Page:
Whenever a new semester starts, students buy textbooks for their classes. According to No Cut News, university students spend about 300,000 to 400,000 won to buy assigned textbooks every semester. For medical or art majors who have to use expensive original edition of textbooks in English, the cost increases even more. However, in some cases these textbooks remain untouched. In fact, many students resell their under-utilized textbooks or leave them without promises of re-using them.
Suh Ah-hyun (International Studies, 2) bought three books last semester for one of her major courses. Her professor insisted that students purchase all of them, as clearly stated in the syllabus. However, Suh said, “We only used one book during the entire semester. The remaining two books are brand new as before.” In many English IV courses, students are asked to buy a book called Speech Communication, however, “Everyone bought the book but only read a couple of chapters and never went over the textbook during class,” said Choi Yoo-kyong (‘03, International Office Management).
Moreover, there are some books on the syllabus that are not even intended to be used during class. According to a student who wishes to remain anonymous, she purchased two books in advance for her class. However, she was disappointed to hear that the professor listed the books because the school’s system would not let her upload her syllabus if she omits it. Unfortunately, the student could not return the book and said, “I use the book as a reference, but I would not have bought it if it was not going to be covered in class.” Park Bo-mee (International Studies, 2) found reading packets useful and cost effective. “The professor made a package for us, extracting necessary theories and formulae and re-editing it from many expensive books. Because of my professor’s effort, many students saved money,” said Park. She thinks it is a good way to save money to use the professor’s materials.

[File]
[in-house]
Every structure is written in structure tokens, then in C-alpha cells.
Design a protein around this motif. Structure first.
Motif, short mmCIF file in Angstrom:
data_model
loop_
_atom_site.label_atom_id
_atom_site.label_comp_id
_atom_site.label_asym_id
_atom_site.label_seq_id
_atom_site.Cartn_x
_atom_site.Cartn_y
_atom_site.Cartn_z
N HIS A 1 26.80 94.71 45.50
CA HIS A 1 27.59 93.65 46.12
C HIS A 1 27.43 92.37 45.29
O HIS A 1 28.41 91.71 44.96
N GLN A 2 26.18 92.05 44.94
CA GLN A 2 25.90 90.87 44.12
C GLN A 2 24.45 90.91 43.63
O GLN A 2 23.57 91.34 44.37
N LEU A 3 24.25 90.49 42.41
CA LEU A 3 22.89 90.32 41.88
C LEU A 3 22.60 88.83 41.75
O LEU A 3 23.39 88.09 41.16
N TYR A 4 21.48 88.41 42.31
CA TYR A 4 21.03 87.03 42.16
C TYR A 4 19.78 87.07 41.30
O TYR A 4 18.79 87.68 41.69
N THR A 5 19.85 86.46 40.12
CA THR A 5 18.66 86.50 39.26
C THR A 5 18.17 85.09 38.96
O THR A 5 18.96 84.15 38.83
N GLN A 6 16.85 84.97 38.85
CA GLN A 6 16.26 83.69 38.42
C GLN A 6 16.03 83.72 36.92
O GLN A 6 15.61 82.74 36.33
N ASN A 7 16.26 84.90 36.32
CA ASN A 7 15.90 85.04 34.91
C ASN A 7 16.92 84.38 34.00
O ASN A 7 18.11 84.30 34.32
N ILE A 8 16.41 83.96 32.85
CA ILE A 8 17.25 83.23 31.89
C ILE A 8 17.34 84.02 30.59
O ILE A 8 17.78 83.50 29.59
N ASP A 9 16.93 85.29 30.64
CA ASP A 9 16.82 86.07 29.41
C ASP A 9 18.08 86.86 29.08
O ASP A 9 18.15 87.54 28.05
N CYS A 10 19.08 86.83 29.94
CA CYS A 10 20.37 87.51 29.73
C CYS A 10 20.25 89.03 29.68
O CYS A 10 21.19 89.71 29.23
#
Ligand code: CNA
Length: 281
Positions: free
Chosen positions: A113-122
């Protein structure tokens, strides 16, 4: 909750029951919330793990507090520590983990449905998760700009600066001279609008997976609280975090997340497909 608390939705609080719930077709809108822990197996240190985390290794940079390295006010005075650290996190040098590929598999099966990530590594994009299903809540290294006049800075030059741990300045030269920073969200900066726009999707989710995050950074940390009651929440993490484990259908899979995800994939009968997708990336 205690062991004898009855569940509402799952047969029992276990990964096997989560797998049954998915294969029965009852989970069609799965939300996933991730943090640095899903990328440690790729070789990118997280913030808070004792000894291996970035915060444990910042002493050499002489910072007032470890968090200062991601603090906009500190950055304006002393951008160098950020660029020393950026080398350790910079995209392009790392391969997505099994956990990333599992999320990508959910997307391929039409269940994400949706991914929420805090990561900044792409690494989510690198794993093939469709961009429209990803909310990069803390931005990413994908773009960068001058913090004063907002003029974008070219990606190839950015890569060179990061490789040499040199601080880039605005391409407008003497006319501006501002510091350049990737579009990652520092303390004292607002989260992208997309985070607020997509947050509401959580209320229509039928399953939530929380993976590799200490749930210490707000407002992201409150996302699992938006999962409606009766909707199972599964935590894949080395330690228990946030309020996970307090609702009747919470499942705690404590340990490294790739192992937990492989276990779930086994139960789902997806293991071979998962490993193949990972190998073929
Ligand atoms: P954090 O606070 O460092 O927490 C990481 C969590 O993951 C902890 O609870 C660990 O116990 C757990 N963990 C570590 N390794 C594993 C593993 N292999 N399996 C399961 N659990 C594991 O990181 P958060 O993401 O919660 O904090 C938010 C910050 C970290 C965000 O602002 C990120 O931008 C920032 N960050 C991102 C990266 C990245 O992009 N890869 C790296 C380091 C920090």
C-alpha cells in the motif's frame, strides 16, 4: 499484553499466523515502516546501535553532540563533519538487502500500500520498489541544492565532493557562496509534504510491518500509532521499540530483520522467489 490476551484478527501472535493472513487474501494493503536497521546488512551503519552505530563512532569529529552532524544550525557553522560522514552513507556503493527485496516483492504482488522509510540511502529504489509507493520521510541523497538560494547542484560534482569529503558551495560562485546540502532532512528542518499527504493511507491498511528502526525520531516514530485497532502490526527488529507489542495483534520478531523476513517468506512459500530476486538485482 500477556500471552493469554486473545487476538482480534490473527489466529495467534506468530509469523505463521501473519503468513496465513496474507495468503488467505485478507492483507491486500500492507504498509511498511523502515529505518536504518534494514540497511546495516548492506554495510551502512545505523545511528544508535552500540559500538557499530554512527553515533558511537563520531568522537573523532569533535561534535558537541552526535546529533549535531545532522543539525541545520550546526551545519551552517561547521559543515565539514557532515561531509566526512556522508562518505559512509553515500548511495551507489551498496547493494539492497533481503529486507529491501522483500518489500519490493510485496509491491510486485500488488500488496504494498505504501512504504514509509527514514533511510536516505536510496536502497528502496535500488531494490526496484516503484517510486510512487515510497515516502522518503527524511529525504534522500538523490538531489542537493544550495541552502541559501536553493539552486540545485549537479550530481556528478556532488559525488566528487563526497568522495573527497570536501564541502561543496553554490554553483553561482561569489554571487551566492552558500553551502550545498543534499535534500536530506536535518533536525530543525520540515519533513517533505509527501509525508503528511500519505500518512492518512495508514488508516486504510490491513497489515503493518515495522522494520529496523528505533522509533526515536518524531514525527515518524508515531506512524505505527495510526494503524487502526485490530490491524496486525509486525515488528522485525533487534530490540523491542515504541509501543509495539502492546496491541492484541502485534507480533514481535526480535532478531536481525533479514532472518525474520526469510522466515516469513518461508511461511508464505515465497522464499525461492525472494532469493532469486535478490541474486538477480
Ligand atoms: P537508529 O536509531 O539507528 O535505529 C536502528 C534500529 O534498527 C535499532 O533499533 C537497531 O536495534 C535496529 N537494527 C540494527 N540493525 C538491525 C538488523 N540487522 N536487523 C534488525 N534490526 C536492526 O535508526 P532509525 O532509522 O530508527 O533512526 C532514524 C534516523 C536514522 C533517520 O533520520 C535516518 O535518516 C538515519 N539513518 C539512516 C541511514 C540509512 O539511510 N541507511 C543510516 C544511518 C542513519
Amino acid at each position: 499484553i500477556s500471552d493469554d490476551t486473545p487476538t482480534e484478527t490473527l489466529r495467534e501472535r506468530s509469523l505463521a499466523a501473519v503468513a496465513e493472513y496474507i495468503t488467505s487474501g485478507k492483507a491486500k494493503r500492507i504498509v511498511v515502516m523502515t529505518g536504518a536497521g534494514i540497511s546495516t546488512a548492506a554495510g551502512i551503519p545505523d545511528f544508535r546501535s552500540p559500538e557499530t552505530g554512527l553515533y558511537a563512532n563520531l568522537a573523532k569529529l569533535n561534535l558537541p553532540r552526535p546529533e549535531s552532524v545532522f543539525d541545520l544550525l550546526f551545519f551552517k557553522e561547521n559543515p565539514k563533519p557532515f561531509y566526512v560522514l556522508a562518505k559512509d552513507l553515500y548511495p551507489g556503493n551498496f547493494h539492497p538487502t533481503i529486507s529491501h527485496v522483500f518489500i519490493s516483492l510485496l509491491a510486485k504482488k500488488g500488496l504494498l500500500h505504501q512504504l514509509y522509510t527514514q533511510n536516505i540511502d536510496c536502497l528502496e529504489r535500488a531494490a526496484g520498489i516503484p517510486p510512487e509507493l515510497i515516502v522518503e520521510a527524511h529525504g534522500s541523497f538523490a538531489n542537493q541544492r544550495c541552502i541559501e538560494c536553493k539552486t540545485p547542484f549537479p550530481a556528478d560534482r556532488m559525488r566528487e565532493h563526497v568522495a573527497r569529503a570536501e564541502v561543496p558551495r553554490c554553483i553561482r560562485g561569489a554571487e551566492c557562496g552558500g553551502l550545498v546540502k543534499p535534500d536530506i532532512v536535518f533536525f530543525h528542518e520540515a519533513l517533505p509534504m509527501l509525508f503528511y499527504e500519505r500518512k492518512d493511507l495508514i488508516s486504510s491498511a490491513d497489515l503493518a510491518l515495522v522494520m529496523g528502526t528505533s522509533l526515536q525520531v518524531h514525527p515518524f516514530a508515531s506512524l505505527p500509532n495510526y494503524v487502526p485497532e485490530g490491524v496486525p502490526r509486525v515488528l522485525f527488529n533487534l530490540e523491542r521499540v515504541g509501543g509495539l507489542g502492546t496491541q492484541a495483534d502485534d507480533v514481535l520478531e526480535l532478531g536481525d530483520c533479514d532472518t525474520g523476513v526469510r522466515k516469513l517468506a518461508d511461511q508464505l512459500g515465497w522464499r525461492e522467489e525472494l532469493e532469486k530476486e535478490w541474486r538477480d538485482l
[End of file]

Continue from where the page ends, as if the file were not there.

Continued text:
Professor Lee Seok-won (International Studies) makes a reading packet for his students. “I would recommend the students to buy books if we are going to use more than half of it. But, currently, I use two to three chapters from two books. So considering the expenses of the students, I provide a reading packet.”
As students progress through university life, Hah Joon-young (
Is the problem of not using textbooks fully associated with some changes in the teaching pattern? Some students say that because there are certain courses that rely more on individually prepared PowerPoint slides the textbooks are rarely used. “I think since many professors use PowerPoint slides, they use less textbooks compared to the past,” said Yi Jung-mi (Law, 2). “Some courses in Journalism deal more with current issues and we discuss more than things in books. Books are references and should be done in personal readings. So just because textbooks are less used during class, it does not mean that it is not of use at all,” said Jung Ji-ae (Business Administration, 3).
“Going over the textbooks during the class might not mean everything, but I would only like to purchase textbooks that are really going to be used much in class. And I hope professors can clearly tell us how much they will utilize the textbooks,” said Suh.